Tokyo was voted the world’s most satisfying tourist city for 2013, according to a poll by online travel site TripAdvisor. Tokyo came in first of 37 major world cities for overall satisfaction based on tens of thousands of online reviews by travelers.

That top spot should be a boost for the still struggling tourist industry in Japan. It will surely encourage more travelers to come to Japan in the coming year.

Tokyo received positive reviews in a number of areas that put it ahead of New York City (second) and Barcelona (third) followed by Istanbul, Prague, Vienna, Berlin, Rome, Paris and Dubrovnik in Croatia.

Tokyo came out on top in five sections: local friendliness, taxi services, cleanliness, transport and overall satisfaction. Tokyo also came out in the top 10 in another eight areas including restaurants, shopping and suitability for families.

However, Tokyo was ranked lower for cultural attractions and sightseeing activities. Instead of emphasizing shopping only, the tourist industry here should strive to increase accessibility to and information about the many cultural sites in the capital city.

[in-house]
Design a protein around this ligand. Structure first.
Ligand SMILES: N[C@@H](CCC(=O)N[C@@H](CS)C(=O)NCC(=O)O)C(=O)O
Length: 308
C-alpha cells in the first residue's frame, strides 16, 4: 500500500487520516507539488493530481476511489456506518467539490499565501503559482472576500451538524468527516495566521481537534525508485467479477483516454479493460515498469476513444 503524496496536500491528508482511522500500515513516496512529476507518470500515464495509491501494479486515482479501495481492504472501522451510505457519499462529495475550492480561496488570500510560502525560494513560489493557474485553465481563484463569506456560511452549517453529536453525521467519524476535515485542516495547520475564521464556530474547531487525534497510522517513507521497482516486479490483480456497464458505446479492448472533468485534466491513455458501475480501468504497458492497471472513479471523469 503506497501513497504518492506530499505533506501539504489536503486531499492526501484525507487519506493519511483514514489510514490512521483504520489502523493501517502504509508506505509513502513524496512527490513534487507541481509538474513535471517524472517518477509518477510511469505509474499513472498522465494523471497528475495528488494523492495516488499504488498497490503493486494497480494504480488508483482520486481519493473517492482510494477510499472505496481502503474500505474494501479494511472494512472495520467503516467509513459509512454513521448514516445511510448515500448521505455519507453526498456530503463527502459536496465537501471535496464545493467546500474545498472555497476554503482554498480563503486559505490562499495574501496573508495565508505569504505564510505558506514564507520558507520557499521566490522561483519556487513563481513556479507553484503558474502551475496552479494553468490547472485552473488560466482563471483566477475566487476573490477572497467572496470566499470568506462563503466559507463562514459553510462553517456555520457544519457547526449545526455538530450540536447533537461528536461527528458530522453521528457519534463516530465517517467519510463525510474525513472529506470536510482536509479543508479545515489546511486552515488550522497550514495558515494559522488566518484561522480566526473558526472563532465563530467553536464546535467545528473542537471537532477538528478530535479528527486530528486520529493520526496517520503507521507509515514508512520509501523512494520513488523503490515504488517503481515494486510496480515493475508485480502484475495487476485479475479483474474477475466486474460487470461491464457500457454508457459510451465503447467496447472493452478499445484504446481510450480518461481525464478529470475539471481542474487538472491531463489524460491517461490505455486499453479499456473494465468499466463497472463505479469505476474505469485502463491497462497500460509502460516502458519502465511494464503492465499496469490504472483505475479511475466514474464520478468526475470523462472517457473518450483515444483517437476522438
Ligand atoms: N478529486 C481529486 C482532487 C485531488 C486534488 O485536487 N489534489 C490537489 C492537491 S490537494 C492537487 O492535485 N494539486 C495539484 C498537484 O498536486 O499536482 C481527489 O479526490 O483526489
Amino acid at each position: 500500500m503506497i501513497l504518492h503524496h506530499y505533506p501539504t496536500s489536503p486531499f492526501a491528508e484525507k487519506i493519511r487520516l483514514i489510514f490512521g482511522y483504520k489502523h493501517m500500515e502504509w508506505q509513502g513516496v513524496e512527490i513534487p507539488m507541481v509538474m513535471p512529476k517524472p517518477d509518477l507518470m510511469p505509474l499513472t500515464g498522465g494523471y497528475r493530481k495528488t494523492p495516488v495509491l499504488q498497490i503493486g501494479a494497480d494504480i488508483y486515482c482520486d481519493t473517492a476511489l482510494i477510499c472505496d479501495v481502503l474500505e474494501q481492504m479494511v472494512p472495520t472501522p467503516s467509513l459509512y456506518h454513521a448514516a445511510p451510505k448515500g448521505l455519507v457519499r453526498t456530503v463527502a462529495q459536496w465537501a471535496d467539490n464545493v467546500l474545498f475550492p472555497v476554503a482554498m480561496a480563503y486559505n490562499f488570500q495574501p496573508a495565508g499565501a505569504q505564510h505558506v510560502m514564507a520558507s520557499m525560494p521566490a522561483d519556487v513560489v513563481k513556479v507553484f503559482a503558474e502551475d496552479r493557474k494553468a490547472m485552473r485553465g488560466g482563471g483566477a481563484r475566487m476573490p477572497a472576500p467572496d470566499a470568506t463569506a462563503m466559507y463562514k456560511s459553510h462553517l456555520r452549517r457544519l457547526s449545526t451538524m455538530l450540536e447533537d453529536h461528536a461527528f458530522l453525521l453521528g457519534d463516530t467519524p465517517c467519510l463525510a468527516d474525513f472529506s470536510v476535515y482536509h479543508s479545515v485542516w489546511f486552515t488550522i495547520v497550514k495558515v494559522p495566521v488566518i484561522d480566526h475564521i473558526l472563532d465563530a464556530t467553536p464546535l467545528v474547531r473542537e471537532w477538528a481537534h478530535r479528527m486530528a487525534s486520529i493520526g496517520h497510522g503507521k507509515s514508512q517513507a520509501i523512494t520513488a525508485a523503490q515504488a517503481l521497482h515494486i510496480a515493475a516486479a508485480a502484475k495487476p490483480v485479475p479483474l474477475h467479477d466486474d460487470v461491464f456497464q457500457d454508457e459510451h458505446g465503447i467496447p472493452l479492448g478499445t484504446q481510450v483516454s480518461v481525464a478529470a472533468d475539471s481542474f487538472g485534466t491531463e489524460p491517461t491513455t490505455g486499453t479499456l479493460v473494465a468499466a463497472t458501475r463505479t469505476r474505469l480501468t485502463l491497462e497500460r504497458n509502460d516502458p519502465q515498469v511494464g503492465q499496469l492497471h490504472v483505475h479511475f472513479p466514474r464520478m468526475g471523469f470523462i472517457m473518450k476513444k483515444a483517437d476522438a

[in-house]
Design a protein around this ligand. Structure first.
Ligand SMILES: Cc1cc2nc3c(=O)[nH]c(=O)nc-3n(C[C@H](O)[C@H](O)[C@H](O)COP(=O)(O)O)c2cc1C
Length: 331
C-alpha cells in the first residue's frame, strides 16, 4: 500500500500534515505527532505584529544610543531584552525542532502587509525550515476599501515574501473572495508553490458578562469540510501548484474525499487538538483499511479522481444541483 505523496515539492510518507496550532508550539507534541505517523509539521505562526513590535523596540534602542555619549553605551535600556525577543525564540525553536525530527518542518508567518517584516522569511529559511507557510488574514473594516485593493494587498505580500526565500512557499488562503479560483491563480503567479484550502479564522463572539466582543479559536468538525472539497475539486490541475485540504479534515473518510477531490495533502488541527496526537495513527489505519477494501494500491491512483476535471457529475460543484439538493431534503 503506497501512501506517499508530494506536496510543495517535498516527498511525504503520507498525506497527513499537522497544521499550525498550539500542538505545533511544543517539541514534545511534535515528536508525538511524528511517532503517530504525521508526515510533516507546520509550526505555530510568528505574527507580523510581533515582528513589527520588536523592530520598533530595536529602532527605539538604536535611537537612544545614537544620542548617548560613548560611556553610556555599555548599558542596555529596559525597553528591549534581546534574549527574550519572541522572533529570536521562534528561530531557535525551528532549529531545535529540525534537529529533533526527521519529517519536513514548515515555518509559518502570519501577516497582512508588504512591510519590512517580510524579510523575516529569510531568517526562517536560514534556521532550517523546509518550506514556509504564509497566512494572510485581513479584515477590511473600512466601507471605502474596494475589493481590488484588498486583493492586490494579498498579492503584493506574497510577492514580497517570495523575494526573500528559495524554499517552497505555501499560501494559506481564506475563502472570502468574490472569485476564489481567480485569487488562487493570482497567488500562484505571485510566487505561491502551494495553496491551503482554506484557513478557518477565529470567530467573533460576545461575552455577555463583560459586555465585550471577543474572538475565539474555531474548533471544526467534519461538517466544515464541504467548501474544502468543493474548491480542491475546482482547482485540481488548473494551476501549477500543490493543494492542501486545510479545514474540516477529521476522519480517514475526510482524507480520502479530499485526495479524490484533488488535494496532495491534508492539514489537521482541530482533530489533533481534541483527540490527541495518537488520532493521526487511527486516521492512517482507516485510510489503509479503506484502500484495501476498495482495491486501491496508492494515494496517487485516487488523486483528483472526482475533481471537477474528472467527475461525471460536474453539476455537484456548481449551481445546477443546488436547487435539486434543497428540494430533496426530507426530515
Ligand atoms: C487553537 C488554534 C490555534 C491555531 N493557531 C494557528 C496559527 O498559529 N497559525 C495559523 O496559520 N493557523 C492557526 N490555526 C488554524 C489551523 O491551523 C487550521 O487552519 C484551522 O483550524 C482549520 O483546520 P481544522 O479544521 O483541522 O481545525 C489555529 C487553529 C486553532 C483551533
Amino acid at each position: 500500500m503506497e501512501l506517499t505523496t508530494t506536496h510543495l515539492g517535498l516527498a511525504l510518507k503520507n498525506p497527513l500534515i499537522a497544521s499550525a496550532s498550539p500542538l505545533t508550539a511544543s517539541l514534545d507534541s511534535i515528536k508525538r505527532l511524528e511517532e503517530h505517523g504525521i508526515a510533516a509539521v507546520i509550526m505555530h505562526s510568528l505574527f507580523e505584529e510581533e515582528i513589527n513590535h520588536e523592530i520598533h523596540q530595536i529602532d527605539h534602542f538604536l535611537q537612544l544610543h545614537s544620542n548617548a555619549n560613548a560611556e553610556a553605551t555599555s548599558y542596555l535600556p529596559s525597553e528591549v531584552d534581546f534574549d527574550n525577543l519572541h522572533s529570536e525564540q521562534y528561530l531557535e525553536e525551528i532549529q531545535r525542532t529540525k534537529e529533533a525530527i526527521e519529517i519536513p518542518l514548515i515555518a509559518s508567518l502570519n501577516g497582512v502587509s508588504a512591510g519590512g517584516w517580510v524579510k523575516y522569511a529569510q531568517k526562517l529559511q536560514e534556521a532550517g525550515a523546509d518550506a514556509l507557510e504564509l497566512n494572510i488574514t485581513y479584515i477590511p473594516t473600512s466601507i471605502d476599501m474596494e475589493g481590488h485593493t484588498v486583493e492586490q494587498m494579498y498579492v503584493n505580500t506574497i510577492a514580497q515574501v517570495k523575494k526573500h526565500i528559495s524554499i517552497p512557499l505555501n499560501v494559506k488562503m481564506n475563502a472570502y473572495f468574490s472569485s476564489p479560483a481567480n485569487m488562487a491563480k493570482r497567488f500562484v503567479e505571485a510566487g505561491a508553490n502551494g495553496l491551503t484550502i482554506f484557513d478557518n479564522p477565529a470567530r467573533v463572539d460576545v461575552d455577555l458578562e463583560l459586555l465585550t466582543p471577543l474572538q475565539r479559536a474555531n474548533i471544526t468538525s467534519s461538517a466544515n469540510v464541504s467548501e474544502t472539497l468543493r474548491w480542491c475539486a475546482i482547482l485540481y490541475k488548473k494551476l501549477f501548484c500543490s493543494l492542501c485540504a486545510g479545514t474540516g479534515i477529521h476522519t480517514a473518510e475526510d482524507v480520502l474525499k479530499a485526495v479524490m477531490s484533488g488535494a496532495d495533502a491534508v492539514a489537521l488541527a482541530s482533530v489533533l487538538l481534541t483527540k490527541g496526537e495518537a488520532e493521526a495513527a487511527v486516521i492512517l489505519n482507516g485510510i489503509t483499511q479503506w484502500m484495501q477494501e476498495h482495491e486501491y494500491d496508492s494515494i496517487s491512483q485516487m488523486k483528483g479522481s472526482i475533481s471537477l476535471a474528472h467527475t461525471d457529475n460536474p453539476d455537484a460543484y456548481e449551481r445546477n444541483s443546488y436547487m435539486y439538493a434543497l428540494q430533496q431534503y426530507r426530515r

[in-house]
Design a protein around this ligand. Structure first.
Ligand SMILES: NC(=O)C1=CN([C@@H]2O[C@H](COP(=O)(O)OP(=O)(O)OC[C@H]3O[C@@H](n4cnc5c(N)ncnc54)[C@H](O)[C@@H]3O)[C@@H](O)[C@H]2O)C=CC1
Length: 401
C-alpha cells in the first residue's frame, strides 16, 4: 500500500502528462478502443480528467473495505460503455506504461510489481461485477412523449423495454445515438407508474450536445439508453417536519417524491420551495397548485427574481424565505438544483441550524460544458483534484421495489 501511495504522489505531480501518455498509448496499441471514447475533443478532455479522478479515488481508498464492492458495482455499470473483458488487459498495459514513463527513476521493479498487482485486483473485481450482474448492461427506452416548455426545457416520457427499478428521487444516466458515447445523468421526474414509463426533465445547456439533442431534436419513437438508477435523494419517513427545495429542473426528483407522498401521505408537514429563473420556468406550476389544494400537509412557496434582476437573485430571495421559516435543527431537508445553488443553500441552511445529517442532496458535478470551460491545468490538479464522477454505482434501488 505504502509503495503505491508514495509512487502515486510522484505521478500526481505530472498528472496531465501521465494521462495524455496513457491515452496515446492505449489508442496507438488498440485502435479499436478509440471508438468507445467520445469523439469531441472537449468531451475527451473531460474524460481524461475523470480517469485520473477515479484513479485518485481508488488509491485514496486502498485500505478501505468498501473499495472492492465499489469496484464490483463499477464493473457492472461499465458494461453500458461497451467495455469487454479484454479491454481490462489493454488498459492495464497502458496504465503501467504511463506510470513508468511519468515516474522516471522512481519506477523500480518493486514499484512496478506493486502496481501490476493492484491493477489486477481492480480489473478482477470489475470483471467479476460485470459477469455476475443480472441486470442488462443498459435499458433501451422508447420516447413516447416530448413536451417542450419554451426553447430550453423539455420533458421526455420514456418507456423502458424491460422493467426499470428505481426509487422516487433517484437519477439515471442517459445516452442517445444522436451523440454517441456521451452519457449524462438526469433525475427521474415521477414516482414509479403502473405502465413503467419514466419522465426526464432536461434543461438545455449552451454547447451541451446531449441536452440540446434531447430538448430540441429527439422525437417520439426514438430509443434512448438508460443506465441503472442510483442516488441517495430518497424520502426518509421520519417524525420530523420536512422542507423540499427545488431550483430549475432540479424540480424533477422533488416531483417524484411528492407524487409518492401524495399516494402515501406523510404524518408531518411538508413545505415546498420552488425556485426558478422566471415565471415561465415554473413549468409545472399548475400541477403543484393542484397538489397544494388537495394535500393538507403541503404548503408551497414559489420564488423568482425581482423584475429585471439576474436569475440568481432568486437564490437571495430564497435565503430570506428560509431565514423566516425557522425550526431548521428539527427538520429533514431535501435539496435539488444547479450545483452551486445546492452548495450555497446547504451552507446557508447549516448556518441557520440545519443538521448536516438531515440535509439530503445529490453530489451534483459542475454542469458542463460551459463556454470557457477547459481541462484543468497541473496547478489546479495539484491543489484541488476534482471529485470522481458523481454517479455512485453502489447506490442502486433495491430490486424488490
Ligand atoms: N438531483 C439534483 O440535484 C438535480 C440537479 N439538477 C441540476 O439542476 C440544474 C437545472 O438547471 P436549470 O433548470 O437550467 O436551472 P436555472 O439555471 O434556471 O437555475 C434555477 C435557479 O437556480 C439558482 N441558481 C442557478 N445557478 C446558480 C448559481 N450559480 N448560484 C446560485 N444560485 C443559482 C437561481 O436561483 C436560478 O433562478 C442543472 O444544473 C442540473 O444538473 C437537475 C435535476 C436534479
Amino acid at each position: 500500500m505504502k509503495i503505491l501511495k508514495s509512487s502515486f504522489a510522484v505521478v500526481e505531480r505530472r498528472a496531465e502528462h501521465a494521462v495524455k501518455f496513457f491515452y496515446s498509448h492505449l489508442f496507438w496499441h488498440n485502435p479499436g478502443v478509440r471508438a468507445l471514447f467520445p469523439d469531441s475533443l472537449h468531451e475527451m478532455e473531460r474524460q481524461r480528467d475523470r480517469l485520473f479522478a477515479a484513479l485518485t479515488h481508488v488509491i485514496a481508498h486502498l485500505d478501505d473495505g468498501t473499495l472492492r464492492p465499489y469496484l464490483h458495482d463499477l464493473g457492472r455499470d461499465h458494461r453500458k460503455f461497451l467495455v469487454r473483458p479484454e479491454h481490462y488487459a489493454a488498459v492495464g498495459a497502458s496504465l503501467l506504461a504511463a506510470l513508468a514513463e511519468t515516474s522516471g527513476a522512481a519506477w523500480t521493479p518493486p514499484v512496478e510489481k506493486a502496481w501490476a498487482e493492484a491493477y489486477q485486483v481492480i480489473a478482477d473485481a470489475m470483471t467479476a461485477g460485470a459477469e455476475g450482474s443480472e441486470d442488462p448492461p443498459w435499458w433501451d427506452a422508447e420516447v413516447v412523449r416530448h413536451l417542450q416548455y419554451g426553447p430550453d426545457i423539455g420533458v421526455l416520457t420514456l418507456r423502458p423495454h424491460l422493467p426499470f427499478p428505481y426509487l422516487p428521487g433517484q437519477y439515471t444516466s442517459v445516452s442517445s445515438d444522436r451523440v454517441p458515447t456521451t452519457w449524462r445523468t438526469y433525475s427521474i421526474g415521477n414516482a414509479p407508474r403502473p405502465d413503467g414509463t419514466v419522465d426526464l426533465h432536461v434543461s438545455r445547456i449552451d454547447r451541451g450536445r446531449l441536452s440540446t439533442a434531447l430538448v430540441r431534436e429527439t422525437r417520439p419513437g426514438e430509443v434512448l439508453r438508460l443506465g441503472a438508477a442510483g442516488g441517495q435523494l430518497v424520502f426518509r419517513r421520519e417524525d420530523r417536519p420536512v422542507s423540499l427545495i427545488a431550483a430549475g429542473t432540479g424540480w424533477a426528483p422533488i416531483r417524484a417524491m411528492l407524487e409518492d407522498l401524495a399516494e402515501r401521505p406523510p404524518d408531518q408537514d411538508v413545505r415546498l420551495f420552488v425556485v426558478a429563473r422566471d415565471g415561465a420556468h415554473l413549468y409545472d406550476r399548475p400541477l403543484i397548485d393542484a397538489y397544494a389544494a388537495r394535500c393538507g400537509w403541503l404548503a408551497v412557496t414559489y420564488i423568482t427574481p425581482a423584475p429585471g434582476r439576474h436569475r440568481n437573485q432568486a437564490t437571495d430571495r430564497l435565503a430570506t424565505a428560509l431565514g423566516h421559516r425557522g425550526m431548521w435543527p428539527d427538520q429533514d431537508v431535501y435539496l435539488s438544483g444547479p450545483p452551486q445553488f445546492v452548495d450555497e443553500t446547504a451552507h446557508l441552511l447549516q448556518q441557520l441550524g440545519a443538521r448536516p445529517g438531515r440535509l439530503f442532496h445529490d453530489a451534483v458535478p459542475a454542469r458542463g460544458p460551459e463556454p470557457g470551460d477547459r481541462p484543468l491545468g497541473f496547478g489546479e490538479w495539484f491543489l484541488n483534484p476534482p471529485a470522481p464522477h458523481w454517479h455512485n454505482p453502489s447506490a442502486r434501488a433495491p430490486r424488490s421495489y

A tourist industry built primarily on shopping is not as durable as one built on interesting cultural attractions. Certainly no one will travel across the globe just to see how clean Tokyo is or how friendly the taxi drivers are.

Tokyo has many sites of tremendous interest, though they are often spread far apart. Building up a tourist industry of long-term viability, not to mention one that locals can be proud of, involves a lot of work to communicate to potential visitors. That hard work of revealing key points and explaining their interest is more important than busing tourists to large shopping complexes.

The tourist industry should also ensure that hotels, restaurants and attractions are ready for people from many different countries.

Most tourists to Japan last year came from Taiwan, China and South Korea. Visitors from those three countries accounted for 68 percent of all tourist spending.

Forward strides have been made in easier transportation and friendliness, but more importantly Tokyo people should learn how to stop and help lost, or even not-yet-lost travelers, as happens in other travel destinations.

Even a short, helpful conversation can mean a lot to a lost traveler anywhere, and become a wonderful vacation memory. Perfect English is not required.

Most travelers are ready to communicate at any level. With the right improvements, a travel industry that is built on human interaction and cultural pride will be one that Tokyo can be even more proud of than the first-place ranking last year.

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